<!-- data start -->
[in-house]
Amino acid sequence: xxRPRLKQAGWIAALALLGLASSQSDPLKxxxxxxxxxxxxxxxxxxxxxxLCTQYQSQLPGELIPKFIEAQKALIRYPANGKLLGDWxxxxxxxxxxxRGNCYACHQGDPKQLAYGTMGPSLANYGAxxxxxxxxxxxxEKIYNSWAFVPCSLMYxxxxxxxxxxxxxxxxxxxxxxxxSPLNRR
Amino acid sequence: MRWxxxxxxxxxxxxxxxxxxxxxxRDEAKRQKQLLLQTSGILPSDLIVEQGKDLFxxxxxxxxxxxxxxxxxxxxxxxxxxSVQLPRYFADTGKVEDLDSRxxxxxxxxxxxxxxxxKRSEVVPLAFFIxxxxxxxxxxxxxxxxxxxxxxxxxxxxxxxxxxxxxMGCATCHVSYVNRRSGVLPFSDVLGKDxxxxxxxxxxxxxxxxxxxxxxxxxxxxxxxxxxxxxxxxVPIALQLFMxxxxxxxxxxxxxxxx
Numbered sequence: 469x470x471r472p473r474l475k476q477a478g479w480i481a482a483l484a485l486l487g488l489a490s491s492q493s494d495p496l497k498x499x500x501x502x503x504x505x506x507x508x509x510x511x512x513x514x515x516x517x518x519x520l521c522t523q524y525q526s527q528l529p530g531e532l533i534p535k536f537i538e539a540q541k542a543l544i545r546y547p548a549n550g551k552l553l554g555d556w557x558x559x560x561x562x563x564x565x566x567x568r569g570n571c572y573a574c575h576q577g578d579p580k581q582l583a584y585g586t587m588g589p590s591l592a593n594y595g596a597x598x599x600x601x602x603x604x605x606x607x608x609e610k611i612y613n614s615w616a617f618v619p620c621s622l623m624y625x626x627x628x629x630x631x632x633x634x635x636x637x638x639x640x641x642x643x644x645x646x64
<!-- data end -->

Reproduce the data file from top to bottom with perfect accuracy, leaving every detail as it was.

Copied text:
[in-house]
Amino acid sequence: xxRPRLKQAGWIAALALLGLASSQSDPLKxxxxxxxxxxxxxxxxxxxxxxLCTQYQSQLPGELIPKFIEAQKALIRYPANGKLLGDWxxxxxxxxxxxRGNCYACHQGDPKQLAYGTMGPSLANYGAxxxxxxxxxxxxEKIYNSWAFVPCSLMYxxxxxxxxxxxxxxxxxxxxxxxxSPLNRR
Amino acid sequence: MRWxxxxxxxxxxxxxxxxxxxxxxRDEAKRQKQLLLQTSGILPSDLIVEQGKDLFxxxxxxxxxxxxxxxxxxxxxxxxxxSVQLPRYFADTGKVEDLDSRxxxxxxxxxxxxxxxxKRSEVVPLAFFIxxxxxxxxxxxxxxxxxxxxxxxxxxxxxxxxxxxxxMGCATCHVSYVNRRSGVLPFSDVLGKDxxxxxxxxxxxxxxxxxxxxxxxxxxxxxxxxxxxxxxxxVPIALQLFMxxxxxxxxxxxxxxxx
Numbered sequence: 469x470x471r472p473r474l475k476q477a478g479w480i481a482a483l484a485l486l487g488l489a490s491s492q493s494d495p496l497k498x499x500x501x502x503x504x505x506x507x508x509x510x511x512x513x514x515x516x517x518x519x520l521c522t523q524y525q526s527q528l529p530g531e532l533i534p535k536f537i538e539a540q541k542a543l544i545r546y547p548a549n550g551k552l553l554g555d556w557x558x559x560x561x562x563x564x565x566x567x568r569g570n571c572y573a574c575h576q577g578d579p580k581q582l583a584y585g586t587m588g589p590s591l592a593n594y595g596a597x598x599x600x601x602x603x604x605x606x607x608x609e610k611i612y613n614s615w616a617f618v619p620c621s622l623m624y625x626x627x628x629x630x631x632x633x634x635x636x637x638x639x640x641x642x643x644x645x646x64